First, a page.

Friday, October 18, 2019

Iranian Suezmax attack - insurance implications

Iranian state television reported the alleged attack resulted in an oil leak, which they say was later plugged. (SHANA via AP)
Iranian state television reported the alleged attack resulted in an oil leak, which they say was later plugged. (SHANA via AP)

Amidst heightened tensions in the Middle East, an Iranian Suezmax was damaged by an alleged rocket attack later last week in the Red Sea. 
The explosion caused an oil spill, which was brought under control, according to Iranian news agency, IRNA and the crew was reported to be safe.

Jonathan Moss, DWF Head of Marine & Trade, outlined the potential cost to the insurance market.

He said: "Marine insurance, Cargo and Hull & Machinery cover incorporating War Risks, is uncontrollably linked with geopolitical conflict. This latest incident will drive insurers to raise further War Risk insurance rates for vessels operating in the region, over and above the tenfold increase to rates since the attacks on tankers in May. 

“Shipping companies operating in the region will be forced to absorb these added costs with affordable insurance in this high risk zone becoming harder to find. This could lead to cost-cutting measures in other areas of maritime trade.

"The events leading to the attack in the Red Sea, off the coast of Saudi Arabia, are uncertain. There were reports that missiles struck the tanker and an accusation that Saudi Arabia had committed an act of terrorism while the vessel was carrying oil to Syria.

“Whether this was an act of terrorism or indeed a breach of international sanctions is of crucial significance in determining  whether and how cover might respond, if at all.

“What is certain, however, is that the continued instability and unpredictability in the region will have an adverse effect on sea trade, will reinforce the argument that the UK has too few naval assets to protect its interests in the area, and will add to the growing trend of increasing marine insurance premiums," he warned.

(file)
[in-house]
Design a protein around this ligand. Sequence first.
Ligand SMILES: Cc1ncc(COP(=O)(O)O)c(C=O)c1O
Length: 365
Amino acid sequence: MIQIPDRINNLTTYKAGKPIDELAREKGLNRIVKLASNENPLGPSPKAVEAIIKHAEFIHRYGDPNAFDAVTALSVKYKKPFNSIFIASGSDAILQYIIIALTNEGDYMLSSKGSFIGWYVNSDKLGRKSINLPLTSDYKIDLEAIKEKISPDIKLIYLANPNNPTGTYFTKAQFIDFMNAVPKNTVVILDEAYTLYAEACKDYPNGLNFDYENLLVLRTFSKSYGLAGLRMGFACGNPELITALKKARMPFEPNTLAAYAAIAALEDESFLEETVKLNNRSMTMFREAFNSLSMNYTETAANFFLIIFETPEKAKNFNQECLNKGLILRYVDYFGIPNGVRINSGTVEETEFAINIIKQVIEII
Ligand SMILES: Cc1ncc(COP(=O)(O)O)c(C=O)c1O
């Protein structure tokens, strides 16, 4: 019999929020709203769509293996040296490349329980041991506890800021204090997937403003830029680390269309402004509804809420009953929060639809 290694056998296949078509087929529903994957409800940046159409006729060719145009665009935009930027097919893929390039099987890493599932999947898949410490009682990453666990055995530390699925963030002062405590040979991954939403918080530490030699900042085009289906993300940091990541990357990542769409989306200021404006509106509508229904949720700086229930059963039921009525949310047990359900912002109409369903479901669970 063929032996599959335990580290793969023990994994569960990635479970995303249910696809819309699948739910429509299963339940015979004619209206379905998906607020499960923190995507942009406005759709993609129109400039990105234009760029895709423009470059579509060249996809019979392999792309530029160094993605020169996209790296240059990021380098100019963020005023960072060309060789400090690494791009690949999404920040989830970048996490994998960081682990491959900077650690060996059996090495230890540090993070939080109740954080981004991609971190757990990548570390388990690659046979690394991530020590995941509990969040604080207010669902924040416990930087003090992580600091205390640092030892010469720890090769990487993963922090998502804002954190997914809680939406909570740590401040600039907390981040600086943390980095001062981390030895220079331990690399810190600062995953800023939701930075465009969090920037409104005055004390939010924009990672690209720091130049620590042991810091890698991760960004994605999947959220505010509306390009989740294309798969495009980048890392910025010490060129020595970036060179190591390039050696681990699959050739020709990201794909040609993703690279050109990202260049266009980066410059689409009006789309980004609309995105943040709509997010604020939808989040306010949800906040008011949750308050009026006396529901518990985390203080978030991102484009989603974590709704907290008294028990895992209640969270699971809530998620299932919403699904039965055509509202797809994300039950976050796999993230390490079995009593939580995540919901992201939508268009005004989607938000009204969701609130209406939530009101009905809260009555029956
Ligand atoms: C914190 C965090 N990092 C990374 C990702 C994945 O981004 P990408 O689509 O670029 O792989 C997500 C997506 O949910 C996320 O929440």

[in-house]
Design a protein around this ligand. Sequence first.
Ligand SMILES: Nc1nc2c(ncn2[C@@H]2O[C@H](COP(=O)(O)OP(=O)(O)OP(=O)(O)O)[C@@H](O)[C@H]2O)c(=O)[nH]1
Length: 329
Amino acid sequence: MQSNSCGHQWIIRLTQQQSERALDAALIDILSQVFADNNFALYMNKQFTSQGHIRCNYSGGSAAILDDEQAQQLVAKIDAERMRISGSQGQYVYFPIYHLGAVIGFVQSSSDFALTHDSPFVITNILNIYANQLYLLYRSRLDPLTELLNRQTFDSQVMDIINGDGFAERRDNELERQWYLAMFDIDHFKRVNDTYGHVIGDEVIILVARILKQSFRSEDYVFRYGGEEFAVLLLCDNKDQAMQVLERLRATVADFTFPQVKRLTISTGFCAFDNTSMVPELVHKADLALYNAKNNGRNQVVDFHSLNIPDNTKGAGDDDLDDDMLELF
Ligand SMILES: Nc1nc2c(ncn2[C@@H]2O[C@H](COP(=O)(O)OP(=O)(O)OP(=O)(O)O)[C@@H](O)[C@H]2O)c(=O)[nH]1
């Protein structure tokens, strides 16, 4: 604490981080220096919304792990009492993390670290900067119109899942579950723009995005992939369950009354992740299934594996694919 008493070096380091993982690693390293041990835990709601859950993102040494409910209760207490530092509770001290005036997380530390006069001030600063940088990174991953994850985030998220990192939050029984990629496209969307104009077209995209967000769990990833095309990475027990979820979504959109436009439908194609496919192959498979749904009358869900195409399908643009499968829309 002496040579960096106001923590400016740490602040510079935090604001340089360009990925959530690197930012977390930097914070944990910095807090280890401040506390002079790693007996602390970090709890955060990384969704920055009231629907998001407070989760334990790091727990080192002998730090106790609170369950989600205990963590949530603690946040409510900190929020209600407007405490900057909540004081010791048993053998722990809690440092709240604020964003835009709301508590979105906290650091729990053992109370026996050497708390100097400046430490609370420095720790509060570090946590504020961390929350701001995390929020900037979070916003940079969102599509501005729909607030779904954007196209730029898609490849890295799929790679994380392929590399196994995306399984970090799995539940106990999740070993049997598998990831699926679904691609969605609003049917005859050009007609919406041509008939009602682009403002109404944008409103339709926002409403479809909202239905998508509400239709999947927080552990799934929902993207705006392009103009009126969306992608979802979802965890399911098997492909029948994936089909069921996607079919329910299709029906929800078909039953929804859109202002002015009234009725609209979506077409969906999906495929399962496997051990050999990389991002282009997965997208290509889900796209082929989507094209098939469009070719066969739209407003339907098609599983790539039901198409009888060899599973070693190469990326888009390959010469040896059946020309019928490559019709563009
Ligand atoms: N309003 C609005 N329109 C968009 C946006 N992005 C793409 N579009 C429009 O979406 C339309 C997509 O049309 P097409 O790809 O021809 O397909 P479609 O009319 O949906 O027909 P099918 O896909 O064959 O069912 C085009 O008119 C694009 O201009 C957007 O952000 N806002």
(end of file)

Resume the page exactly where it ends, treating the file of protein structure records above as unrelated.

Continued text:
Thursday, October 17, 2019

Oil price holds firm despite massive stockpile increase

Cushing, Oklahoma storage tanks

The U.S. Energy Information Administration (EIA) released its weekly petroleum status report Thursday morning, showing that U.S. commercial crude inventories soared by 9.3 million barrels last week, maintaining a total U.S. commercial crude inventory of 434.9 million barrels. The commercial crude inventory is about 2% above the five-year average for this time of year. Over the past four weeks, the U.S. crude stockpile has added nearly 17 million barrels.

Wednesday evening, the American Petroleum Institute (API) reported that crude inventories increased by 4.13 barrels in the week ending October 10. For the same period, analysts expected crude inventories to rise by about 2.9 million barrels. Gasoline and diesel fuel inventories both fell, by 934,000 and 2.86 million barrels, respectively, according to the API. The EIA reported that gasoline inventories dropped by 2.6 million barrels last week and distillate inventories dropped by 3.8 million barrels.